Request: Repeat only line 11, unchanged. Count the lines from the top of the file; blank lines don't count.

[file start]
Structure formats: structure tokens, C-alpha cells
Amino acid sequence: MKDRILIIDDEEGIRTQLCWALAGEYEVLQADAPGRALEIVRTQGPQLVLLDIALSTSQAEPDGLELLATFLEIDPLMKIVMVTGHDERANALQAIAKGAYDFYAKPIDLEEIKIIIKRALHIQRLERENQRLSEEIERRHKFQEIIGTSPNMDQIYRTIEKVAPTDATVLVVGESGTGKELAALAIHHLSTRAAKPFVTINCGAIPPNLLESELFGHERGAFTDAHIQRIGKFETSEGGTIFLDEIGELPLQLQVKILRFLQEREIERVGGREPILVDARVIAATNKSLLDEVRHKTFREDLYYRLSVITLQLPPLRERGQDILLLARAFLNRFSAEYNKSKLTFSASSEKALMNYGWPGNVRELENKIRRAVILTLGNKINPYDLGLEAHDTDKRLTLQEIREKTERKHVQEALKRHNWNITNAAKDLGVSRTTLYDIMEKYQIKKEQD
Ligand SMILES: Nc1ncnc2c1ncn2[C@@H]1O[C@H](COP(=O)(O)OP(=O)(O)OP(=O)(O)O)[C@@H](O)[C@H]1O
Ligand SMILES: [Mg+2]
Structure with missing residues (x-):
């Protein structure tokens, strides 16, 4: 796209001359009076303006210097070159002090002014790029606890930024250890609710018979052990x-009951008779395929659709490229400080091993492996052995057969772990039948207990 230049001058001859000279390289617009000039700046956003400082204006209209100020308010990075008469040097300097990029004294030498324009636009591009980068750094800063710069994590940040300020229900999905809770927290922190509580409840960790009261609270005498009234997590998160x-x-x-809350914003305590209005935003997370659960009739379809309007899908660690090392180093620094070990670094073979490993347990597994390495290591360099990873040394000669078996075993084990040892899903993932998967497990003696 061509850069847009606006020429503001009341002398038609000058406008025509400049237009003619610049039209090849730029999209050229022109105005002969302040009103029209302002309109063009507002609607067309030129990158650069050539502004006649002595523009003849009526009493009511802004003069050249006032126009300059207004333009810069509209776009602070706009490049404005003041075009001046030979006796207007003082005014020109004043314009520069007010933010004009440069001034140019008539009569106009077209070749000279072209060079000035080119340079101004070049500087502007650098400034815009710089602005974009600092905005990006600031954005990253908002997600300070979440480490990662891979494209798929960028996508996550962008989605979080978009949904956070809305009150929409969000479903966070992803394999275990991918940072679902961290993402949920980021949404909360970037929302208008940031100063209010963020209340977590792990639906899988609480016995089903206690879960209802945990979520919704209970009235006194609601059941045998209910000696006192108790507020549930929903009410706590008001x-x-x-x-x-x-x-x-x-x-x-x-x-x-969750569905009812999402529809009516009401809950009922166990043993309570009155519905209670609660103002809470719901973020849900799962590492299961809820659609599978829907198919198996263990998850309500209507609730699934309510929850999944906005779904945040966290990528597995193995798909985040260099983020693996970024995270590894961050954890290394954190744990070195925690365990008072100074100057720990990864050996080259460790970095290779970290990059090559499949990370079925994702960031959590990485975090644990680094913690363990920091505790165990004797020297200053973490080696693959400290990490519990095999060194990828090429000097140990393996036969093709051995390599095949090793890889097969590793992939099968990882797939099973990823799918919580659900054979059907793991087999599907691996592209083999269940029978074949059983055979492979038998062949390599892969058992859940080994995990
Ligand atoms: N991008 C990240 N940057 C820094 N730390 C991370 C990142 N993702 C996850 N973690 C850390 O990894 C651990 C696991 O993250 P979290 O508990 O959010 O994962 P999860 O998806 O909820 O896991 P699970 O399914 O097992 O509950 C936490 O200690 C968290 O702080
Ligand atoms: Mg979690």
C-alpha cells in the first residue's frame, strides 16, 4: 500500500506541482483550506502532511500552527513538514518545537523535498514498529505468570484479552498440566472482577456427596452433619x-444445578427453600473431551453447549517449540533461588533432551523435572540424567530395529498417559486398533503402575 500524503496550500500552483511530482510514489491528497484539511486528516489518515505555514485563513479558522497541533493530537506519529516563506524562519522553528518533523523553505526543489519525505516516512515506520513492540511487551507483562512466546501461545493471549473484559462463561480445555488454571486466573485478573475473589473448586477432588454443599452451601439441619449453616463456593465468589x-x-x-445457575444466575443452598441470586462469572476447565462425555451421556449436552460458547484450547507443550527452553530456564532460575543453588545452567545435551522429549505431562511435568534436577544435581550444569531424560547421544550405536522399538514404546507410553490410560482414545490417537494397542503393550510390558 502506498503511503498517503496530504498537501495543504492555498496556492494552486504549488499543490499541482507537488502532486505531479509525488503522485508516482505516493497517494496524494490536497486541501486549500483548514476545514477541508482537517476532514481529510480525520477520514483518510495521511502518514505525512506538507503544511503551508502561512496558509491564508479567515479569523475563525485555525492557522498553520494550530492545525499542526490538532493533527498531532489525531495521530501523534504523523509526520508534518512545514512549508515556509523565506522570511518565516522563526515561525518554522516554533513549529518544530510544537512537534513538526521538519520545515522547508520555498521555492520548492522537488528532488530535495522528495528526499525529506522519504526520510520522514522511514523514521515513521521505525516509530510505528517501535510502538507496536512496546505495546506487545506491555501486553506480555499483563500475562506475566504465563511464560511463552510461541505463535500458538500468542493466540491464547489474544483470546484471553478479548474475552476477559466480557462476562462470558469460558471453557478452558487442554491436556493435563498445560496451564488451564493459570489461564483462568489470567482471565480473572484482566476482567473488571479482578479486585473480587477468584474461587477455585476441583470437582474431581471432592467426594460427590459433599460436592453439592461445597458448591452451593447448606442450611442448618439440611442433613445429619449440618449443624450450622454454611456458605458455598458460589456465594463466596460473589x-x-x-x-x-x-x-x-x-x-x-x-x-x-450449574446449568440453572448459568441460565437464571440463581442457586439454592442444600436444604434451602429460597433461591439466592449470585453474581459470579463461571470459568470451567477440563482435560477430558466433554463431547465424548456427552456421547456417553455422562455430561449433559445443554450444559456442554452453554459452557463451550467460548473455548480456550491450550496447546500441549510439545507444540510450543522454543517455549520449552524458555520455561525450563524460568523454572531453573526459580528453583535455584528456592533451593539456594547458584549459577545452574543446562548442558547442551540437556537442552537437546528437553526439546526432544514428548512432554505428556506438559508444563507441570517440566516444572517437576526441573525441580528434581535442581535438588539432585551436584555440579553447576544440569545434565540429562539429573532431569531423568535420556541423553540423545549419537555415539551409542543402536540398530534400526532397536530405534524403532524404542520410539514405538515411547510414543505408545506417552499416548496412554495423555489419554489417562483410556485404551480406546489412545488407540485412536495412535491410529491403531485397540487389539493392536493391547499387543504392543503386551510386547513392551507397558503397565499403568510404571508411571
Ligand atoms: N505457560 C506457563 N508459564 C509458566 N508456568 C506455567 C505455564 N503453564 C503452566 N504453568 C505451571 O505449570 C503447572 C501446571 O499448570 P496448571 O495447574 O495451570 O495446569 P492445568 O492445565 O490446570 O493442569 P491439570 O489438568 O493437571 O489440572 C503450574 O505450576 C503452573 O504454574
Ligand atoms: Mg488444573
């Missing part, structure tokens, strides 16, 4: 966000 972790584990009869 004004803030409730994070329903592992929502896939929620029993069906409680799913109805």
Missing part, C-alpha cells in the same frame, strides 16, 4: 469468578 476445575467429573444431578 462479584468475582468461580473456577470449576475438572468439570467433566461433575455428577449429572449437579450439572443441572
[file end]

Ligand atoms: Mg488444573